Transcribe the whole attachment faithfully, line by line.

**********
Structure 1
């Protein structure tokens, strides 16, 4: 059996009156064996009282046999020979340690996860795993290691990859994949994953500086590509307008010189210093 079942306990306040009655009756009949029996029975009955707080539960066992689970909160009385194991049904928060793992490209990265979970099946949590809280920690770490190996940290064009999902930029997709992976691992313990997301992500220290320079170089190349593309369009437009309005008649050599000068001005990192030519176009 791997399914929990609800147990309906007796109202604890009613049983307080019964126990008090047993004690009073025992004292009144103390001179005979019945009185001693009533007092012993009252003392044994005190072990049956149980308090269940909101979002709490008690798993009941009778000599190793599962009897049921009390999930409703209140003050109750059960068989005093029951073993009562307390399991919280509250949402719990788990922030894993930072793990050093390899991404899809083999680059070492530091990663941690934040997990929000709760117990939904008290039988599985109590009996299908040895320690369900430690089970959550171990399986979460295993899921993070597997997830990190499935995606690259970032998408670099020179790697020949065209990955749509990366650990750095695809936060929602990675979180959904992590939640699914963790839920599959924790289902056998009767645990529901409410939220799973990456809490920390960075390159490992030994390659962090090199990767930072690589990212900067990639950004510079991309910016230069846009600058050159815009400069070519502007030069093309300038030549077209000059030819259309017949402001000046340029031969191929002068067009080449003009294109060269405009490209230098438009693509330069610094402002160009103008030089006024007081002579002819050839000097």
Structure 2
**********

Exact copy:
Structure 1
């Protein structure tokens, strides 16, 4: 059996009156064996009282046999020979340690996860795993290691990859994949994953500086590509307008010189210093 079942306990306040009655009756009949029996029975009955707080539960066992689970909160009385194991049904928060793992490209990265979970099946949590809280920690770490190996940290064009999902930029997709992976691992313990997301992500220290320079170089190349593309369009437009309005008649050599000068001005990192030519176009 791997399914929990609800147990309906007796109202604890009613049983307080019964126990008090047993004690009073025992004292009144103390001179005979019945009185001693009533007092012993009252003392044994005190072990049956149980308090269940909101979002709490008690798993009941009778000599190793599962009897049921009390999930409703209140003050109750059960068989005093029951073993009562307390399991919280509250949402719990788990922030894993930072793990050093390899991404899809083999680059070492530091990663941690934040997990929000709760117990939904008290039988599985109590009996299908040895320690369900430690089970959550171990399986979460295993899921993070597997997830990190499935995606690259970032998408670099020179790697020949065209990955749509990366650990750095695809936060929602990675979180959904992590939640699914963790839920599959924790289902056998009767645990529901409410939220799973990456809490920390960075390159490992030994390659962090090199990767930072690589990212900067990639950004510079991309910016230069846009600058050159815009400069070519502007030069093309300038030549077209000059030819259309017949402001000046340029031969191929002068067009080449003009294109060269405009490209230098438009693509330069610094402002160009103008030089006024007081002579002819050839000097």
Structure 2